He married Julia Dent, the sister of his West Point roommate and the daughter of a Missouri slave owner, in 1848. They had three sons and a daughter. The Army sent him to a Pacific outpost without them, and Grant, grieving for his family, resigned his commission and tried his hand at several endeavors, all of which failed miserably ... bill collecting, selling firewood, farming. Nothing worked for him.
He re-entered the Army and never looked back. Washington did not give him a command, but the Governor of Illinois made him a colonel in charge of volunteers. Then he was promoted to brigadier general and won a momentous battle at Fort Donelson at a time when other northern generals were suffering humiliating defeats and became a hero in the North.
He looked anything but heroic. He disliked uniforms, didn't like marching bands, was short and stubby in appearance and always appeared rumpled and disheveled. The sight of blood made him sick, and, because of that, insisted on his meat being cooked dry. But when the public was clamoring for his removal from duty after the battle of Shiloh and the horrible losses there, Lincoln responded with, "I can't spare this man. He fights." Grant was methodical, dogged, and clearheaded under fire, knowing exactly what it would take to reach the objective.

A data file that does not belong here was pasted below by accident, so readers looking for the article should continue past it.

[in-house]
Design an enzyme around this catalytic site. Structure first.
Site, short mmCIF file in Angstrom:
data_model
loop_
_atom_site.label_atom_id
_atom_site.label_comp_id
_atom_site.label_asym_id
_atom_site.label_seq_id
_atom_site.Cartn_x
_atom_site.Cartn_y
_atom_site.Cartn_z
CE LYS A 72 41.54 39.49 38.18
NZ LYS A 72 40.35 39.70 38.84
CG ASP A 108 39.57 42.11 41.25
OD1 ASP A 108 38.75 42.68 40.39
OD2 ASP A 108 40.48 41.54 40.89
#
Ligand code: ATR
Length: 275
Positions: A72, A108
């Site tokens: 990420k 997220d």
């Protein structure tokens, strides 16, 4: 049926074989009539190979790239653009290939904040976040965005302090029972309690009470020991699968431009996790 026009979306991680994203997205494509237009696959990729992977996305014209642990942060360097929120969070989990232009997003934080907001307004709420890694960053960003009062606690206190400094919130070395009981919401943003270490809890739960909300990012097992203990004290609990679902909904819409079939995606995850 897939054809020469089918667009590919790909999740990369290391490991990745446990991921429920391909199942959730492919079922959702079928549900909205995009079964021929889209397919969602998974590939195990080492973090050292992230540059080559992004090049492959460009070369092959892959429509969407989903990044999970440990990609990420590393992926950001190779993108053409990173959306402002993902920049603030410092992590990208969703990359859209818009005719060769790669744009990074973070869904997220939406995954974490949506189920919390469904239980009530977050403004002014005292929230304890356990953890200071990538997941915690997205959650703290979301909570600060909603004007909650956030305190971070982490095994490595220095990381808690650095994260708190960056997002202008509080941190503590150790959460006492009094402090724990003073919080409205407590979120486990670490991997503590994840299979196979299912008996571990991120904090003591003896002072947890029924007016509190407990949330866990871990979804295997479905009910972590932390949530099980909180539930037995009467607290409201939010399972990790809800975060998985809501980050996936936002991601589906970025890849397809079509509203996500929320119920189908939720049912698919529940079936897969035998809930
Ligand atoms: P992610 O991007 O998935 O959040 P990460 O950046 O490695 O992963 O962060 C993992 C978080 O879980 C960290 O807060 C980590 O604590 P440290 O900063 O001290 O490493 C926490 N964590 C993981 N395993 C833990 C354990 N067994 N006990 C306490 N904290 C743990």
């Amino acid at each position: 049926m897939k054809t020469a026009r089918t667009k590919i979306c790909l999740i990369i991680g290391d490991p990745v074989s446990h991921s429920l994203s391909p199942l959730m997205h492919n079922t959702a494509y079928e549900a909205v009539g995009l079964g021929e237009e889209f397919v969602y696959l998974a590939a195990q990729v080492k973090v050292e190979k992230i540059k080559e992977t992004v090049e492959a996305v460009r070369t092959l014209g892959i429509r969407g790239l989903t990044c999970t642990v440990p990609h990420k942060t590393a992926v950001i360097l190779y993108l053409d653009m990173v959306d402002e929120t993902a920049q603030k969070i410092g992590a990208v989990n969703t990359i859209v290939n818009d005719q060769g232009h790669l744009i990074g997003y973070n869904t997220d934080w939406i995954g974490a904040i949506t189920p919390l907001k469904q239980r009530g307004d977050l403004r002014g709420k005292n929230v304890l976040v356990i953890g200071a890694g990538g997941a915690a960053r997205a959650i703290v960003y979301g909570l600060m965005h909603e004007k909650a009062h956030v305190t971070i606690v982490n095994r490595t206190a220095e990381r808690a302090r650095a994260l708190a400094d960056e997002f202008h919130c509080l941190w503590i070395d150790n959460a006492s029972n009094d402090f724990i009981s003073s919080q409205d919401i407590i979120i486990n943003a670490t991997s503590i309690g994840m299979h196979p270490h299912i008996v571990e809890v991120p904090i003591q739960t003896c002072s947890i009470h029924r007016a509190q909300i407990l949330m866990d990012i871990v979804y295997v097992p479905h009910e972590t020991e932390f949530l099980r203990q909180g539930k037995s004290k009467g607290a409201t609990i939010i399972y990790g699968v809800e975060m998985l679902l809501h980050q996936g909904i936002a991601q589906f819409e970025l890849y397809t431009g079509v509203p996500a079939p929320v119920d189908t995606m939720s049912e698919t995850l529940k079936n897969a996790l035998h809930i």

Grant struggled with alcohol his whole life, and depression as well. When word came to him that General Lee was ready to surrender, he was battling a splitting migraine headache, but jumped immediately on his horse and rode to Appomattax without any thought of his attire. He arrived muddy and typically rumpled, not even in his dress uniform, to meet the impeccably groomed and dressed Lee.
He served two terms as president, and died of throat cancer after writing his memoirs, hoping the sales would support his family upon his demise. Published by Mark Twain, the book accomplished what Grant had hoped, selling half a million copies. He ended the publication by writing, "I feel that we are on the eve of a new era, when there is to be a great harmony between the Federal and Confederate. I cannot stay to be a living witness to this prophecy, but I feel it within me that it is so." He died a week after finishing the manuscript. Federal and Confederate dignitaries alike participated in his funeral service.
Golden Keyes Parsons writes historical fiction, and is also a popular retreat/conference speaker. Her highly acclaimed Darkness to Light Series (Thomas Nelson Publishing) chronicled the journey of her French Huguenot ancestors in 17th century France. Her fourth novel, His Steadfast Love, is a Civil War novel set in Texas. Her latest release is a compilation of four novellas (WhiteFire Publishing) – a biblical fiction series entitled Hidden Faces, Portraits of Nameless Women in the Gospels. Golden lives in Waco, TX, with her husband, Blaine, where they enjoy their children, grandchildren and great-grandchildren and are avid sports fan of their alma mater, Baylor University. You may contact her at www.goldenkeyesparsons.com.